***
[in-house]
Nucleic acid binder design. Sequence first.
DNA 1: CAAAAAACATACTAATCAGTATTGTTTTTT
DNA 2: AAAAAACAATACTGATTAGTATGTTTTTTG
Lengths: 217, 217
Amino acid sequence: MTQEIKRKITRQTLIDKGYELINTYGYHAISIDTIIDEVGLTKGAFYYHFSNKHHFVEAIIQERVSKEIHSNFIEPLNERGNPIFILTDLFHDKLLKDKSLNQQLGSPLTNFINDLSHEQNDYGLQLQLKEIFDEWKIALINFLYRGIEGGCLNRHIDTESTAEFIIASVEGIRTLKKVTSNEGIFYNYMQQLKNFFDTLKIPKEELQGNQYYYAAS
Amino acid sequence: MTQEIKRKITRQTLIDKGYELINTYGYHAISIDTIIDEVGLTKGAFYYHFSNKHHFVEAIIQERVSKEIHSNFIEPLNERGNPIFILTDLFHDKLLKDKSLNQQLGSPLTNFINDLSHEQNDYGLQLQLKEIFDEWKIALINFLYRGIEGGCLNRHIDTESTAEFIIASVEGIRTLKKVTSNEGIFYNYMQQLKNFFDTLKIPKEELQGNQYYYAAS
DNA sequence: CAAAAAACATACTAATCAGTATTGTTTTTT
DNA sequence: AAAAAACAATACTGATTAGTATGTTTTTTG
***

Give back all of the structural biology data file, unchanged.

[in-house]
Nucleic acid binder design. Sequence first.
DNA 1: CAAAAAACATACTAATCAGTATTGTTTTTT
DNA 2: AAAAAACAATACTGATTAGTATGTTTTTTG
Lengths: 217, 217
Amino acid sequence: MTQEIKRKITRQTLIDKGYELINTYGYHAISIDTIIDEVGLTKGAFYYHFSNKHHFVEAIIQERVSKEIHSNFIEPLNERGNPIFILTDLFHDKLLKDKSLNQQLGSPLTNFINDLSHEQNDYGLQLQLKEIFDEWKIALINFLYRGIEGGCLNRHIDTESTAEFIIASVEGIRTLKKVTSNEGIFYNYMQQLKNFFDTLKIPKEELQGNQYYYAAS
Amino acid sequence: MTQEIKRKITRQTLIDKGYELINTYGYHAISIDTIIDEVGLTKGAFYYHFSNKHHFVEAIIQERVSKEIHSNFIEPLNERGNPIFILTDLFHDKLLKDKSLNQQLGSPLTNFINDLSHEQNDYGLQLQLKEIFDEWKIALINFLYRGIEGGCLNRHIDTESTAEFIIASVEGIRTLKKVTSNEGIFYNYMQQLKNFFDTLKIPKEELQGNQYYYAAS
DNA sequence: CAAAAAACATACTAATCAGTATTGTTTTTT
DNA sequence: AAAAAACAATACTGATTAGTATGTTTTTTG